Middle Tennessee State University interior design students recently took home top honors at the Formica Form, a national furniture design competition that held regional awards at the Inspire Nashville trade show.
As part of the experiential learning, or EXL, capstone course for juniors taught by assistant professor Carrie Pavel, students designed a piece of furniture that utilizes Formica as a material in the project based on the theme of maximalism.
“Each year, students participate in the Form Competition as part of an advanced 3D modeling class that focuses on form generation and digital rendering,” said Pavel, an architectural designer and historian.
Kelsie Davy of Rockvale, Tennessee, placed first for a wall-mounted desk piece called “Vernici.” Leen Hasan of Murfreesboro, Tennessee, took home second place for “Koko Sofa,” while Caroline Ayotte of Franklin, Tennessee, won third with “The Wave” desk.
The competition provided a multifaceted experience for the students, from developing communication skills to convey the design to working with limitations of materials.
“This project encouraged me to think in innovative ways, driving me to create a design that was both distinctive and inspiring,” Hasan said. “I faced challenges related to the sofa’s structure and the selection of materials, and this experience notably enhanced my ability to solve problems creatively.”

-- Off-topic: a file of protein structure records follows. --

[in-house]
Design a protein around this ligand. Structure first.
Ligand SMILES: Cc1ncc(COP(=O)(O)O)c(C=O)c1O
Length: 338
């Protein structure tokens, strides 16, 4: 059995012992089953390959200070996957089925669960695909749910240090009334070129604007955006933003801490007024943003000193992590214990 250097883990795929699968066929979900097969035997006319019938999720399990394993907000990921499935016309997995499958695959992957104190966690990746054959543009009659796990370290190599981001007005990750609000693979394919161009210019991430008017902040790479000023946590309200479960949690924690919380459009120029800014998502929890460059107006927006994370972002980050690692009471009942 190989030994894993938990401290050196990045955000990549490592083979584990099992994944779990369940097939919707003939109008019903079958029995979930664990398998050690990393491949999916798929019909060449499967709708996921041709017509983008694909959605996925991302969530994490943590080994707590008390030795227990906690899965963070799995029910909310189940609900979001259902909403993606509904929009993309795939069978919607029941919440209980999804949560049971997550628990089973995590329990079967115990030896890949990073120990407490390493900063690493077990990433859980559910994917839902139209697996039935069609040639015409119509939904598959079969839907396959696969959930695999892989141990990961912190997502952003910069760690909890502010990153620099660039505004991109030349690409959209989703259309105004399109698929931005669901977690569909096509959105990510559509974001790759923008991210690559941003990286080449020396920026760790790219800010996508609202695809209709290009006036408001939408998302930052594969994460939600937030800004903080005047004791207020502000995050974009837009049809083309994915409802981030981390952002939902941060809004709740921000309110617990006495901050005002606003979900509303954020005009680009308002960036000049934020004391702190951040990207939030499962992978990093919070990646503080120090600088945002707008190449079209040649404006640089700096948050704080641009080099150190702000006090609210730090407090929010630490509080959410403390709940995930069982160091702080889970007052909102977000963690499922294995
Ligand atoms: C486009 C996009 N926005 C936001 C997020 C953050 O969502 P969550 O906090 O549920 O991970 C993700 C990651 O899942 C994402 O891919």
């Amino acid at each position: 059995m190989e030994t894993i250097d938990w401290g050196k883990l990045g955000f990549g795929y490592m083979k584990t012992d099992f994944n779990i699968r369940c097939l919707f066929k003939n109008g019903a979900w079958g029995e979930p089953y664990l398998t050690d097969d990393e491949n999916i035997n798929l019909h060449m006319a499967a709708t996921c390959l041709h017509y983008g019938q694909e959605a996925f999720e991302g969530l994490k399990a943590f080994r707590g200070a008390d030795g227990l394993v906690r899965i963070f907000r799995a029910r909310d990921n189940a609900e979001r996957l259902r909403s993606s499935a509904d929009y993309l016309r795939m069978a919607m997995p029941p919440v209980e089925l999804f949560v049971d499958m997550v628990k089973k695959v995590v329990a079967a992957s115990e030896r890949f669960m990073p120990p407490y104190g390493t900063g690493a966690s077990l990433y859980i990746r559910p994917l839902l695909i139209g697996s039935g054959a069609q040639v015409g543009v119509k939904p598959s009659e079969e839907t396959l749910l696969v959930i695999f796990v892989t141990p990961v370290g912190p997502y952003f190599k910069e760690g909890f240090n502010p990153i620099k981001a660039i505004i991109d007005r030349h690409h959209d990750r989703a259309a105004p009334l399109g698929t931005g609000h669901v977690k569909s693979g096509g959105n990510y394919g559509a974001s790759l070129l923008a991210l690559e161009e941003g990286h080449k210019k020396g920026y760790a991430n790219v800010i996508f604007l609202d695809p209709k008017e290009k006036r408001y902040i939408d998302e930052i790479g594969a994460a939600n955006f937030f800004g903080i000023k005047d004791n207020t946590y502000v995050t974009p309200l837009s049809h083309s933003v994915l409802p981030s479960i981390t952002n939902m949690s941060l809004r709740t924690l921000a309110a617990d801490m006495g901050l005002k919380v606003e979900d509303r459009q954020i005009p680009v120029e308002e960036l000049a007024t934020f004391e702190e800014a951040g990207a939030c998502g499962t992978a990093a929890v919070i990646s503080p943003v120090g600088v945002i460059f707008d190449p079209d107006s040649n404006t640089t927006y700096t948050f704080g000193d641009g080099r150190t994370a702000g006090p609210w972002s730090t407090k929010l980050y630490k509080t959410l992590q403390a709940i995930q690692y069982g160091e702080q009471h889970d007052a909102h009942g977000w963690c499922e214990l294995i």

Hasan worked on and off the drawing board to create her design.
“I conducted thorough research on bird behaviors and characteristics to draw inspiration for the design, exploring various bird breeds, colors, and even their different types of feet,” explained Hasan, whose end result featured bright colors, ergonomic features and cute bird “feet” on the sofa legs. “My objective was to make the sofa exceptionally imaginative, original, colorful and fun all while staying true to the central theme of maximalism and working within the limitations of Formica’s provided materials.”
Although Pavel’s students have competed in the competition in previous years, this is the first time the Formica representative, Amber Veach, has worked with them to have small-scale replicas of their designs built with assistance from Colton Wherry with RJ Wherry & Associates in Nashville.
“The winning students were closely involved throughout the fabrication process,” Pavel explained. “They worked out their designs with a local fabricator and learned about value engineering in the process: they discovered that some details were cost prohibitive to build so they had to collaborate on acceptable alternatives — a true experiential learning part of the process.”
Seeing the actual design in real life provided a real-world experience that Davy said will carry over into her career.
“I think the Formica Form project was an extremely valuable component to the class,” Davy said. “Seeing the project from start to finish and actually watching my idea come to life was an incredible experience. I am so thankful for not only the opportunity but also the teachings that came along with the process.”
For more information about MTSU’s interior design program in the College of Behavioral and Health Sciences, visit https://www.mtsu.edu/programs/interior-design/ or contact Carrie Pavel at Carrie.Pavel@mtsu.edu.
— Nancy DeGennaro (Nancy.DeGennaro@mtsu.edu)